May 11, 2011
Boulder County's Board of Health recently approved the first legal syringe exchange program in Colorado. Last year, state legislators created an exemption to Colorado's drug paraphernalia law so local jurisdictions could adopt SEPs, Boulder officials said.
Boulder County Public Health's SEP had operated for 22 years under an agreement with the local district attorney and police, under the radar of state paraphernalia laws. "It has been a very long time coming, but we are incredibly grateful for the opportunity to operate under full legal protection, not just at a local level, but at a state level as well," said Carol Helwig, BCPH's HIV/STI outreach coordinator.
Lawmakers initially feared legalized SEPs would encourage drug use, said Jeff Zayach, BCPH's executive director. "There is evidence that shows these types of programs actually reduce drug use [and] increase treatment," he noted.
The Denver-based Harm Reduction Action Center and BCPH have been distributing clean "cookers," rubber tourniquets, cotton, and other injection supplies. Before state law changed, HRAC could test clients for HIV and hepatitis C, "but the one thing that will keep them safe -- to use a fresh syringe every time they shoot -- [we could not] do that," said HRAC's Lisa Raville.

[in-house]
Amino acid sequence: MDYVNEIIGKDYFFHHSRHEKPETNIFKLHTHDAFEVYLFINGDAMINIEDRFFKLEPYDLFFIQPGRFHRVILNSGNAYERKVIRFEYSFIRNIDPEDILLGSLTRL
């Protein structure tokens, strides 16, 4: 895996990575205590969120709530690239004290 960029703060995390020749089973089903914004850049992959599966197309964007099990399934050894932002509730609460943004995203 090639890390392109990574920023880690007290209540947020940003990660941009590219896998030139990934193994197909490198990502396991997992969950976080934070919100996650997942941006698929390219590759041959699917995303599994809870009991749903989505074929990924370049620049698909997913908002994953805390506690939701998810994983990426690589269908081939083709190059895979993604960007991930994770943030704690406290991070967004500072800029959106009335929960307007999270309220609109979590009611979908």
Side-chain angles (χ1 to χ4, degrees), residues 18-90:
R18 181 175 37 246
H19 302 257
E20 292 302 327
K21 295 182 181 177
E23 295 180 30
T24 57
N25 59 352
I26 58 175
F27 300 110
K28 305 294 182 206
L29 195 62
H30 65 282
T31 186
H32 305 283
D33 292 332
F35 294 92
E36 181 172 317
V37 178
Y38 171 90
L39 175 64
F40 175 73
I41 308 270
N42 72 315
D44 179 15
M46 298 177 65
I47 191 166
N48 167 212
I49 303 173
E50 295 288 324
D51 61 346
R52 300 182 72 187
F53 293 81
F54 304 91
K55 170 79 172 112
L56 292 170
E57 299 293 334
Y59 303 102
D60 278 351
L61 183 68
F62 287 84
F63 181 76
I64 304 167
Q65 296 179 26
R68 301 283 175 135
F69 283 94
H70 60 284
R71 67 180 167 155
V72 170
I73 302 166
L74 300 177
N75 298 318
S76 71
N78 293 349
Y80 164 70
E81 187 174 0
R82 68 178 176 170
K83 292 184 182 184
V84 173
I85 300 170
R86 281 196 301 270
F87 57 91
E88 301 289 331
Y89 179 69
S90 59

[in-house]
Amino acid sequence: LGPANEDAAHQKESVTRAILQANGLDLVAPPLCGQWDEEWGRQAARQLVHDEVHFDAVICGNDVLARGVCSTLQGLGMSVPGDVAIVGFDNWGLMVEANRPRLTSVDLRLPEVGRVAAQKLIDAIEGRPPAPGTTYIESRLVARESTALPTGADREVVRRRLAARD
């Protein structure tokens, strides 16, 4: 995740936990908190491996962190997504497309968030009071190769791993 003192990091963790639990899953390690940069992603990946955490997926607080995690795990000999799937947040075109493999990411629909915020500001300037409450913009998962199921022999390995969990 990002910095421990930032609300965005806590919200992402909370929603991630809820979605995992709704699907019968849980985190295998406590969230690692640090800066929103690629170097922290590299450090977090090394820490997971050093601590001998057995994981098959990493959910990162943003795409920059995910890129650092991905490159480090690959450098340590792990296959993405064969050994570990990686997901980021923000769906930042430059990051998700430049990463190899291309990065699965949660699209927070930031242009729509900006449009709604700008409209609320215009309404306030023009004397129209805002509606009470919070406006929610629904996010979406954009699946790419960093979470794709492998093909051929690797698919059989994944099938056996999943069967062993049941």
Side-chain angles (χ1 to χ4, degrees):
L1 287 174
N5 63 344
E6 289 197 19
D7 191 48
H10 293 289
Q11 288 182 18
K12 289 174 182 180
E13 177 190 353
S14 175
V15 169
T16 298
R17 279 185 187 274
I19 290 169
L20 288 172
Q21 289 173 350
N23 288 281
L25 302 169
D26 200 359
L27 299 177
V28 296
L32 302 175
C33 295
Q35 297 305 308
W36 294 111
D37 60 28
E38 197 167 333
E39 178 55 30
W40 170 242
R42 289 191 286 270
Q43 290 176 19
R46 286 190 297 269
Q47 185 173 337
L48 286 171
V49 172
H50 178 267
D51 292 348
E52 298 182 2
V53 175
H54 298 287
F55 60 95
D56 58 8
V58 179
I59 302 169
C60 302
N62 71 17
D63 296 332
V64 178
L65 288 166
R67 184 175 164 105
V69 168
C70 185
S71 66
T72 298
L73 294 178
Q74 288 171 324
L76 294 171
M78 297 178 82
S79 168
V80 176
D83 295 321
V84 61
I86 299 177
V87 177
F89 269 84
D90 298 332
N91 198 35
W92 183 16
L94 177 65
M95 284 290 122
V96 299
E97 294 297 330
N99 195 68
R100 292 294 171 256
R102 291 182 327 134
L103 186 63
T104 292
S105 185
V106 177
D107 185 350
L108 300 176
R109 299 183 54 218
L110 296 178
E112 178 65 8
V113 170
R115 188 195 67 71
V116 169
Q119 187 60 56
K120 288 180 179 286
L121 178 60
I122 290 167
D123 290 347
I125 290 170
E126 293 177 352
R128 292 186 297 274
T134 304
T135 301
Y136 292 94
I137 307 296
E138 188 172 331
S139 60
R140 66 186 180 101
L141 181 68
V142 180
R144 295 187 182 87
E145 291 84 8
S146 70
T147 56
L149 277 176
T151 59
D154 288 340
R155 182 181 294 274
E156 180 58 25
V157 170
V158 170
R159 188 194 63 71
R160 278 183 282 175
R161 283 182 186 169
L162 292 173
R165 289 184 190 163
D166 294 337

"As a service provider, it has been very frustrating, so this is an incredibly large step for our community," Raville said.
HRAC is now requesting state approval to become one of three Denver SEPs.
For more information about the Boulder program, visit: www.bouldercounty.org/apps/newsroom/templates/bc.aspx?articleid=2633&zoneid=5.